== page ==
# LMIs in Control/Matrix and LMI Properties and Tools/Dilation

## Dilation

Matrix inequalities can be dilated in order to obtain a larger matrix inequality. This can be a useful technique to separate design variables in a BMI (bi-linear matrix inequality), as the dilation often introduces additional design variables.

A common technique of LMI dilation involves using the projection lemma in reverse, or the "reciprocal projection lemma." For instance, consider the matrix inequality

${\displaystyle {\begin{bmatrix}{\mathbf {PA}}+{\mathbf {A^{T}P}}-{\mathbf {P}}&{\mathbf {P}}\\*&{\mathbf {-P}}\end{bmatrix}}<0,}$

where ${\displaystyle {\mathbf {P}}\in \S ^{n\times m}}$, ${\displaystyle {\mathbf {A}}\in \mathbb {R} ^{n\times n}}$, with ${\displaystyle {\mathbf {P}}>0.}$This can be rewritten as

${\displaystyle {\begin{bmatrix}{\mathbf {A^{T}}}&{\mathbf {1}}&{\mathbf {0}}\\{\mathbf {1}}&{\mathbf {0}}&{\mathbf {1}}\end{bmatrix}}{\begin{bmatrix}{\mathbf {0}}&{\mathbf {P}}&{\mathbf {0}}\\*&{\mathbf {-P}}&{\mathbf {0}}\\*&*&{\mathbf {-P}}\end{bmatrix}}{\begin{bmatrix}{\mathbf {A}}&{\mathbf {1}}\\{\mathbf {1}}&{\mathbf {0}}\\{\mathbf {0}}&{\mathbf {1}}\end{bmatrix}}<0.}$ (1)

Then since ${\displaystyle {\mathbf {P}}>0,}$

${\displaystyle {\begin{bmatrix}{\mathbf {-P}}&{\mathbf {0}}\\*&{\mathbf {-P}}\end{bmatrix}}<0,}$

which is equivalent to

${\displaystyle {\begin{bmatrix}{\mathbf {0}}&{\mathbf {1}}&{\mathbf {0}}\\{\mathbf {0}}&{\mathbf {0}}&{\mathbf {1}}\end{bmatrix}}{\begin{bmatrix}{\mathbf {0}}&{\mathbf {P}}&{\mathbf {0}}\\*&{\mathbf {-P}}&{\mathbf {0}}\\*&*&{\mathbf {-P}}\end{bmatrix}}{\begin{bmatrix}{\mathbf {0}}&{\mathbf {0}}\\{\mathbf {1}}&{\mathbf {0}}\\{\mathbf {0}}&{\mathbf {1}}\end{bmatrix}}<0.}$ (2)

These expanded inequalities (1) and (2) are now in the form of the strict projection lemma, meaning they are equivalent to

${\displaystyle {\mathbf {\Phi }}({\mathbf {P}})+{\mathbf {G}}({\mathbf {A}}){\mathbf {VH^{T}}}+{\mathbf {HV^{T}G^{T}}}({\mathbf {A}}),}$ (3)

where ${\displaystyle N({\mathbf {G^{T}}}({\mathbf {A}}))=R({\mathbf {N}}_{G}({\mathbf {A}})),N({\mathbf {H^{T}}})=R({\mathbf {N}}_{H}),}$and ${\displaystyle V\in \mathbb {R} ^{n\times n}.}$ By choosing

${\displaystyle {\mathbf {G}}({\mathbf {A}})={\begin{bmatrix}{\mathbf {-1}}\\{\mathbf {A^{T}}}\\{\mathbf {1}}\end{bmatrix}},{\mathbf {H}}={\begin{bmatrix}{\mathbf {1}}\\{\mathbf {0}}\\{\mathbf {0}}\end{bmatrix}},}$

we can now rewrite the inequality (3) as

${\displaystyle {\begin{bmatrix}-({\mathbf {V}}+{\mathbf {V^{T}}})&{\mathbf {V^{T}A}}+{\mathbf {P}}&{\mathbf {V^{T}}}\\*&{\mathbf {-P}}&{\mathbf {0}}\\*&*&{\mathbf {-P}}\end{bmatrix}}<0,}$

which is the new dilated inequality.

## Examples

Some useful examples of dilated matrix inequalities are presented here.

Example 1

Consider matrices ${\displaystyle {\mathbf {A,G}}\in \mathbb {R} ^{n\times n},{\mathbf {\Delta }}\in \mathbb {R} ^{m\times m},{\mathbf {P}}\in \S ^{n},\delta _{1},\delta _{2},a,b\in \mathbb {R} _{>0},}$where ${\displaystyle {\mathbf {P}}>0}$and ${\displaystyle b=a^{-1}.}$ The following matrix inequalities are equivalent:

${\displaystyle {\mathbf {AP}}+{\mathbf {PA^{T}}}+\delta _{1}{\mathbf {P}}+\delta _{2}{\mathbf {APA^{T}}}+{\mathbf {P\Delta ^{T}\Delta P}}<0;}$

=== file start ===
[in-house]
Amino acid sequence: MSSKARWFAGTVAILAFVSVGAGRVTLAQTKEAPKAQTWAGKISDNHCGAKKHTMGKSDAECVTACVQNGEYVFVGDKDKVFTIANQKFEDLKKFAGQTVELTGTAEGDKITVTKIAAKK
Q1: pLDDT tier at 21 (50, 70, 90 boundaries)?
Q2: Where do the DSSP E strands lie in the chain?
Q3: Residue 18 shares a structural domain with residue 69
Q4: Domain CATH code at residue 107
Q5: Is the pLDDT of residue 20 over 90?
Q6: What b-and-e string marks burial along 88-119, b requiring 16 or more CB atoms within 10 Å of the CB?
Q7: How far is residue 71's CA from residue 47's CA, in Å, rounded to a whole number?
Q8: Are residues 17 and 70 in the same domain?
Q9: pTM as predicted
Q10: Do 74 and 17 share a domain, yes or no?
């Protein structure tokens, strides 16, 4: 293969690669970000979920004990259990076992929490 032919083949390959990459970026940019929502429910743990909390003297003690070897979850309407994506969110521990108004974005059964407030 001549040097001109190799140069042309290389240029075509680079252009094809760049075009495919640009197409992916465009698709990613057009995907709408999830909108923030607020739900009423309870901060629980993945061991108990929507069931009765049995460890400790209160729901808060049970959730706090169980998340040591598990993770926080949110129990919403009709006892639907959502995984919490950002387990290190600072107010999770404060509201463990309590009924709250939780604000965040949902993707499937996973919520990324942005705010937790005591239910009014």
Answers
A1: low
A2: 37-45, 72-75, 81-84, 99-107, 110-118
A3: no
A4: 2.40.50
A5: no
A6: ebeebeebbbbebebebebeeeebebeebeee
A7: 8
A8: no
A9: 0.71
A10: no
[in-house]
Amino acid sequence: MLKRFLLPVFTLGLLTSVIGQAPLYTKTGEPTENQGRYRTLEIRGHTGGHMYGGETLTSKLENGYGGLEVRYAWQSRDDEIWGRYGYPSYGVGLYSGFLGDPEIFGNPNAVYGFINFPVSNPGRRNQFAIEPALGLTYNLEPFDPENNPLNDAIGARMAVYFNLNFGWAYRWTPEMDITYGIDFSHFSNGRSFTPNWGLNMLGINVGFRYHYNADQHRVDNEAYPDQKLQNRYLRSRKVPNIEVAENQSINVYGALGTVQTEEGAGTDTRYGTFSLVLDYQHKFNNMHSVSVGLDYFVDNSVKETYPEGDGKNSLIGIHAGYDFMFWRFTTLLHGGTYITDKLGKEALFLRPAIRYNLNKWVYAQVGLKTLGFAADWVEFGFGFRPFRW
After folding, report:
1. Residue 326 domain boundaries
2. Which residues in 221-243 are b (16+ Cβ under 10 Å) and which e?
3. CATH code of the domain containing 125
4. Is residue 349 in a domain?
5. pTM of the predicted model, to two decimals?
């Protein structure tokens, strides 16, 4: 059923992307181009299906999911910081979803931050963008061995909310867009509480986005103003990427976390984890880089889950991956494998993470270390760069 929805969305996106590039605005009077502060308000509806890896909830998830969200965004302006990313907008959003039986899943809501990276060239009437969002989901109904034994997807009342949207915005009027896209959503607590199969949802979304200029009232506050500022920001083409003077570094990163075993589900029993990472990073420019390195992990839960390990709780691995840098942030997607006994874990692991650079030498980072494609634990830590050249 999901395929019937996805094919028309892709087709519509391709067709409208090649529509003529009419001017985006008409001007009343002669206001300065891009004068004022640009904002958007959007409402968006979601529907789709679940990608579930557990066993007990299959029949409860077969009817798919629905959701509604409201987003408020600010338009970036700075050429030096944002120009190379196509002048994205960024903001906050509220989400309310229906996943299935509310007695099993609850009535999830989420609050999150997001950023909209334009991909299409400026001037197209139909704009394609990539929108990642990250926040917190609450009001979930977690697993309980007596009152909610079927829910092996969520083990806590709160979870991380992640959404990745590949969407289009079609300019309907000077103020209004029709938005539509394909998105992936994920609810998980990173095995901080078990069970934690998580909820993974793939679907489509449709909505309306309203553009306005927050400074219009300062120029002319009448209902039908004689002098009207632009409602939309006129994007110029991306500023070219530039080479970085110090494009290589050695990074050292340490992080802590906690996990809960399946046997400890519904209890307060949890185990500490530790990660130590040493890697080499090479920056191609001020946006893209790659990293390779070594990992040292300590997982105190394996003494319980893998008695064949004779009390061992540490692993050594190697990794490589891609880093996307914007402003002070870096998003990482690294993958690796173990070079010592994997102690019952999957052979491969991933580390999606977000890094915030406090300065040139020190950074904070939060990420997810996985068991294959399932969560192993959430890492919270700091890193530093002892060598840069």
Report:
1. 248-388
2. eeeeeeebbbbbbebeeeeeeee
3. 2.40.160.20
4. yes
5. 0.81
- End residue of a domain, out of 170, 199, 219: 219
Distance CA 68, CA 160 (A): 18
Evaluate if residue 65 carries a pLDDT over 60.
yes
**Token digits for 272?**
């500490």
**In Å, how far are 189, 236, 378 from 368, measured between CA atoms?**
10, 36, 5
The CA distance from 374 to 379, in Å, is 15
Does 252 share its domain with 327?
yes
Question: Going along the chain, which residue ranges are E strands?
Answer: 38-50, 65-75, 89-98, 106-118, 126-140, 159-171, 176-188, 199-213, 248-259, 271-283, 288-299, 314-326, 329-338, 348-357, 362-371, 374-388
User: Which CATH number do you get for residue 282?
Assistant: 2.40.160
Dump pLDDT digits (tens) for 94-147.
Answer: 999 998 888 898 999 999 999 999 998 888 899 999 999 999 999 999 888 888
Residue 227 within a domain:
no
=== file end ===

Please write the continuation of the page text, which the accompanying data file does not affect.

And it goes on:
${\displaystyle {\begin{bmatrix}{\mathbf {0}}&{\mathbf {-P}}&{\mathbf {P}}&{\mathbf {0}}&{\mathbf {P\Delta ^{T}}}\\*&{\mathbf {0}}&{\mathbf {0}}&{\mathbf {-P}}&{\mathbf {0}}\\*&*&-\delta _{1}^{-1}{\mathbf {P}}&{\mathbf {0}}&{\mathbf {0}}\\*&*&*&-\delta _{2}^{-1}{\mathbf {P}}&{\mathbf {0}}\\*&*&*&*&{\mathbf {-1}}\\\end{bmatrix}}+He({\begin{bmatrix}{\mathbf {A}}\\{\mathbf {1}}\\{\mathbf {0}}\\{\mathbf {0}}\\{\mathbf {0}}\\\end{bmatrix}}{\mathbf {G}}{\begin{bmatrix}{\mathbf {1}}&-b{\mathbf {1}}&b{\mathbf {1}}&{\mathbf {1}}&b{\mathbf {\Delta }}^{T}\end{bmatrix}})<0.}$

Example 2

Consider matrices ${\displaystyle {\mathbf {A,V}}\in \mathbb {R} ^{n\times n},{\mathbf {P,X}}\in \S ^{n},{\mathbf {B}}\in \mathbb {R} ^{n\times m},C\in \mathbb {R} ^{p\times n},{\mathbf {D}}\in \mathbb {R} ^{p\times m},{\mathbf {R}}\in \S ^{m},}$and ${\displaystyle {\mathbf {S}}\in \S ^{p},}$where ${\displaystyle {\mathbf {P,R,S,X}}>0.}$The matrix inequality

${\displaystyle {\begin{bmatrix}-{\mathbf {V}}-{\mathbf {V^{T}}}&{\mathbf {VA}}+{\mathbf {P}}&{\mathbf {VB}}&{\mathbf {0}}&{\mathbf {V}}\\*&-2{\mathbf {P}}+{\mathbf {X}}&{\mathbf {0}}&{\mathbf {C^{T}}}&{\mathbf {0}}\\*&*&-{\mathbf {R}}&{\mathbf {D^{T}}}&{\mathbf {0}}\\*&*&*&-{\mathbf {S}}&{\mathbf {0}}\\*&*&*&*&-{\mathbf {X}}\\\end{bmatrix}}<0}$

implies the inequality

${\displaystyle {\begin{bmatrix}{\mathbf {PA}}+{\mathbf {A^{T}P}}&{\mathbf {PB}}&{\mathbf {C^{T}}}\\*&-{\mathbf {R}}&{\mathbf {D^{T}}}\\*&*&-{\mathbf {S}}\end{bmatrix}}}$

Example 3

Consider matrices ${\displaystyle {\mathbf {A,V}}\in \mathbb {R} ^{n\times n},{\mathbf {Q,X}}\in \S ^{n},{\mathbf {B}}\in \mathbb {R} ^{n\times m},C\in \mathbb {R} ^{p\times n},{\mathbf {D}}\in \mathbb {R} ^{p\times m},{\mathbf {R}}\in \S ^{m},}$and ${\displaystyle {\mathbf {S}}\in \S ^{p},}$where ${\displaystyle {\mathbf {Q,R,S,X}}>0.}$The matrix inequality

${\displaystyle {\begin{bmatrix}-{\mathbf {V}}-{\mathbf {V^{T}}}&{\mathbf {V^{T}A^{T}}}+{\mathbf {Q}}&{\mathbf {0}}&{\mathbf {V^{T}C}}&{\mathbf {V^{T}}}\\*&-2{\mathbf {Q}}+{\mathbf {X}}&{\mathbf {B}}&{\mathbf {0}}&{\mathbf {0}}\\*&*&-{\mathbf {R}}&{\mathbf {D^{T}}}&{\mathbf {0}}\\*&*&*&-{\mathbf {S}}&{\mathbf {0}}\\*&*&*&*&-{\mathbf {X}}\\\end{bmatrix}}<0}$

implies the inequality

${\displaystyle {\begin{bmatrix}{\mathbf {AQ}}+{\mathbf {QA^{T}}}&{\mathbf {B}}&{\mathbf {QC^{T}}}\\*&-{\mathbf {R}}&{\mathbf {D^{T}}}\\*&*&-{\mathbf {S}}\end{bmatrix}}}$